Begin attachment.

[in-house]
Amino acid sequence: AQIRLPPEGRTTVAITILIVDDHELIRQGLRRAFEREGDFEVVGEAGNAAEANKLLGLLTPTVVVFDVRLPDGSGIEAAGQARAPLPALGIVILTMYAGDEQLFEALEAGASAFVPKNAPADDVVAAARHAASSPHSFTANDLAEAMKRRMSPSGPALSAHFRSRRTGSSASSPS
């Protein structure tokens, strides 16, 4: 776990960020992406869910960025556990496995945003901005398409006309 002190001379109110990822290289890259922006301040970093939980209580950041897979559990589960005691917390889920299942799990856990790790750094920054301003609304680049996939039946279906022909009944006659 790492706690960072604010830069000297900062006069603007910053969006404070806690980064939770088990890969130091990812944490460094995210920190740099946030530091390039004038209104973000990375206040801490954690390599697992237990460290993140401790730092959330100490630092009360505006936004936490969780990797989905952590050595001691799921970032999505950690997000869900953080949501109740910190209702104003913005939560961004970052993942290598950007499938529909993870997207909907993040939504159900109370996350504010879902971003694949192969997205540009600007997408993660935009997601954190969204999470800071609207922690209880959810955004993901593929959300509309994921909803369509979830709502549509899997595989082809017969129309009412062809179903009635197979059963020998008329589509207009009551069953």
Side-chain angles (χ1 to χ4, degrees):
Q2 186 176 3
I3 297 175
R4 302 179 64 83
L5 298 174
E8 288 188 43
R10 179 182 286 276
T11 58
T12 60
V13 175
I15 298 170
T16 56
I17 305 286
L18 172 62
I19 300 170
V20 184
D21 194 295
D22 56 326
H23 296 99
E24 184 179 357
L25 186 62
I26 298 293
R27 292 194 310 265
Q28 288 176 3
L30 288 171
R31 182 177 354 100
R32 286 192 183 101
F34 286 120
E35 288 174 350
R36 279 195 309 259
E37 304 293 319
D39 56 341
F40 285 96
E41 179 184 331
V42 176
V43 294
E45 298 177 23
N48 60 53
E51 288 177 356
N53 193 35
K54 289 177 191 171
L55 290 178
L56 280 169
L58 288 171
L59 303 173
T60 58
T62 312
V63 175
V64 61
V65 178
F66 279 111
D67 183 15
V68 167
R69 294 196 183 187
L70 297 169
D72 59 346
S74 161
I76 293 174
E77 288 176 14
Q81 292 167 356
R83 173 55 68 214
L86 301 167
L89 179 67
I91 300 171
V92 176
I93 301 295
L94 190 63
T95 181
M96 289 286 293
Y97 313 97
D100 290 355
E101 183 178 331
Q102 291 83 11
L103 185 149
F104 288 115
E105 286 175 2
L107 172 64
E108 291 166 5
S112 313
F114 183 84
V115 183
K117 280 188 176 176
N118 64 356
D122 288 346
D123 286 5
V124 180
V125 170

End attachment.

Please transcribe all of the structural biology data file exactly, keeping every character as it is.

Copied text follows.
[in-house]
Amino acid sequence: AQIRLPPEGRTTVAITILIVDDHELIRQGLRRAFEREGDFEVVGEAGNAAEANKLLGLLTPTVVVFDVRLPDGSGIEAAGQARAPLPALGIVILTMYAGDEQLFEALEAGASAFVPKNAPADDVVAAARHAASSPHSFTANDLAEAMKRRMSPSGPALSAHFRSRRTGSSASSPS
């Protein structure tokens, strides 16, 4: 776990960020992406869910960025556990496995945003901005398409006309 002190001379109110990822290289890259922006301040970093939980209580950041897979559990589960005691917390889920299942799990856990790790750094920054301003609304680049996939039946279906022909009944006659 790492706690960072604010830069000297900062006069603007910053969006404070806690980064939770088990890969130091990812944490460094995210920190740099946030530091390039004038209104973000990375206040801490954690390599697992237990460290993140401790730092959330100490630092009360505006936004936490969780990797989905952590050595001691799921970032999505950690997000869900953080949501109740910190209702104003913005939560961004970052993942290598950007499938529909993870997207909907993040939504159900109370996350504010879902971003694949192969997205540009600007997408993660935009997601954190969204999470800071609207922690209880959810955004993901593929959300509309994921909803369509979830709502549509899997595989082809017969129309009412062809179903009635197979059963020998008329589509207009009551069953």
Side-chain angles (χ1 to χ4, degrees):
Q2 186 176 3
I3 297 175
R4 302 179 64 83
L5 298 174
E8 288 188 43
R10 179 182 286 276
T11 58
T12 60
V13 175
I15 298 170
T16 56
I17 305 286
L18 172 62
I19 300 170
V20 184
D21 194 295
D22 56 326
H23 296 99
E24 184 179 357
L25 186 62
I26 298 293
R27 292 194 310 265
Q28 288 176 3
L30 288 171
R31 182 177 354 100
R32 286 192 183 101
F34 286 120
E35 288 174 350
R36 279 195 309 259
E37 304 293 319
D39 56 341
F40 285 96
E41 179 184 331
V42 176
V43 294
E45 298 177 23
N48 60 53
E51 288 177 356
N53 193 35
K54 289 177 191 171
L55 290 178
L56 280 169
L58 288 171
L59 303 173
T60 58
T62 312
V63 175
V64 61
V65 178
F66 279 111
D67 183 15
V68 167
R69 294 196 183 187
L70 297 169
D72 59 346
S74 161
I76 293 174
E77 288 176 14
Q81 292 167 356
R83 173 55 68 214
L86 301 167
L89 179 67
I91 300 171
V92 176
I93 301 295
L94 190 63
T95 181
M96 289 286 293
Y97 313 97
D100 290 355
E101 183 178 331
Q102 291 83 11
L103 185 149
F104 288 115
E105 286 175 2
L107 172 64
E108 291 166 5
S112 313
F114 183 84
V115 183
K117 280 188 176 176
N118 64 356
D122 288 346
D123 286 5
V124 180
V125 170